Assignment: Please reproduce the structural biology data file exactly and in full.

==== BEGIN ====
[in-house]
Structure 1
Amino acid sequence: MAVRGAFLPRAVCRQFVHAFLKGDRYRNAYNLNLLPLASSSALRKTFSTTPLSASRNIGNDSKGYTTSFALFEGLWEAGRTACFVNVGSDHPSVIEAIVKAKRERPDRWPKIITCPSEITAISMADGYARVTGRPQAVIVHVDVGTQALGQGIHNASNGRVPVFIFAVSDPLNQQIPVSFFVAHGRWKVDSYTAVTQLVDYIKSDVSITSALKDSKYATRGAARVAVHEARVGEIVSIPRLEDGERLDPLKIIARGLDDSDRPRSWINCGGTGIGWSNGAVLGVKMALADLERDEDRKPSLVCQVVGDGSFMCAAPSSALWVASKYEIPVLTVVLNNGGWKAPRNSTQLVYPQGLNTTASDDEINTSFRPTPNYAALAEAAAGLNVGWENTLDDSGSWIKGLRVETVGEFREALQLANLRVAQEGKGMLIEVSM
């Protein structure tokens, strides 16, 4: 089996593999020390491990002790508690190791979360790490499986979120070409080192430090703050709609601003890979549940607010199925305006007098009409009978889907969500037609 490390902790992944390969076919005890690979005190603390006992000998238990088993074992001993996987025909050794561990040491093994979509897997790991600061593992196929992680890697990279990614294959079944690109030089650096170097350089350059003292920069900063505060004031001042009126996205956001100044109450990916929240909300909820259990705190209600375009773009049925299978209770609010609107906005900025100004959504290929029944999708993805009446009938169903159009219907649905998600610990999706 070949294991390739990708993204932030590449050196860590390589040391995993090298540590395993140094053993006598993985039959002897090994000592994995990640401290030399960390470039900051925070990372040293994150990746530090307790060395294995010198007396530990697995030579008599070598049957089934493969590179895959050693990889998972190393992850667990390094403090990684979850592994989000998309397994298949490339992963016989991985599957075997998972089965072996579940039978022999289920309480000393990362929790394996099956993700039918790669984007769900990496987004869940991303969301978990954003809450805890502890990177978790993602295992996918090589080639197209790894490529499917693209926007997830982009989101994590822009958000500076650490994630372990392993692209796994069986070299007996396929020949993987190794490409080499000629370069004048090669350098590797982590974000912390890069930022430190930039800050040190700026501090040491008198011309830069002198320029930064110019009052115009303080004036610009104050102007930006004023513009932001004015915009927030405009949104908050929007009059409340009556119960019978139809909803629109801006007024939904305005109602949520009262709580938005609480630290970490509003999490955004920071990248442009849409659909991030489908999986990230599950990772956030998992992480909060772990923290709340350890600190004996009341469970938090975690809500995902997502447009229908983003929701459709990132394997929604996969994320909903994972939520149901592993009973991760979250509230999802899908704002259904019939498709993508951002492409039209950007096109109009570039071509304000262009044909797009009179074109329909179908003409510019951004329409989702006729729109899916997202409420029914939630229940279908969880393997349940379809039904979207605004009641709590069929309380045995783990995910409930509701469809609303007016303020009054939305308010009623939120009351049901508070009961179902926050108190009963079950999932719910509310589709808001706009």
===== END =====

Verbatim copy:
[in-house]
Structure 1
Amino acid sequence: MAVRGAFLPRAVCRQFVHAFLKGDRYRNAYNLNLLPLASSSALRKTFSTTPLSASRNIGNDSKGYTTSFALFEGLWEAGRTACFVNVGSDHPSVIEAIVKAKRERPDRWPKIITCPSEITAISMADGYARVTGRPQAVIVHVDVGTQALGQGIHNASNGRVPVFIFAVSDPLNQQIPVSFFVAHGRWKVDSYTAVTQLVDYIKSDVSITSALKDSKYATRGAARVAVHEARVGEIVSIPRLEDGERLDPLKIIARGLDDSDRPRSWINCGGTGIGWSNGAVLGVKMALADLERDEDRKPSLVCQVVGDGSFMCAAPSSALWVASKYEIPVLTVVLNNGGWKAPRNSTQLVYPQGLNTTASDDEINTSFRPTPNYAALAEAAAGLNVGWENTLDDSGSWIKGLRVETVGEFREALQLANLRVAQEGKGMLIEVSM
């Protein structure tokens, strides 16, 4: 089996593999020390491990002790508690190791979360790490499986979120070409080192430090703050709609601003890979549940607010199925305006007098009409009978889907969500037609 490390902790992944390969076919005890690979005190603390006992000998238990088993074992001993996987025909050794561990040491093994979509897997790991600061593992196929992680890697990279990614294959079944690109030089650096170097350089350059003292920069900063505060004031001042009126996205956001100044109450990916929240909300909820259990705190209600375009773009049925299978209770609010609107906005900025100004959504290929029944999708993805009446009938169903159009219907649905998600610990999706 070949294991390739990708993204932030590449050196860590390589040391995993090298540590395993140094053993006598993985039959002897090994000592994995990640401290030399960390470039900051925070990372040293994150990746530090307790060395294995010198007396530990697995030579008599070598049957089934493969590179895959050693990889998972190393992850667990390094403090990684979850592994989000998309397994298949490339992963016989991985599957075997998972089965072996579940039978022999289920309480000393990362929790394996099956993700039918790669984007769900990496987004869940991303969301978990954003809450805890502890990177978790993602295992996918090589080639197209790894490529499917693209926007997830982009989101994590822009958000500076650490994630372990392993692209796994069986070299007996396929020949993987190794490409080499000629370069004048090669350098590797982590974000912390890069930022430190930039800050040190700026501090040491008198011309830069002198320029930064110019009052115009303080004036610009104050102007930006004023513009932001004015915009927030405009949104908050929007009059409340009556119960019978139809909803629109801006007024939904305005109602949520009262709580938005609480630290970490509003999490955004920071990248442009849409659909991030489908999986990230599950990772956030998992992480909060772990923290709340350890600190004996009341469970938090975690809500995902997502447009229908983003929701459709990132394997929604996969994320909903994972939520149901592993009973991760979250509230999802899908704002259904019939498709993508951002492409039209950007096109109009570039071509304000262009044909797009009179074109329909179908003409510019951004329409989702006729729109899916997202409420029914939630229940279908969880393997349940379809039904979207605004009641709590069929309380045995783990995910409930509701469809609303007016303020009054939305308010009623939120009351049901508070009961179902926050108190009963079950999932719910509310589709808001706009």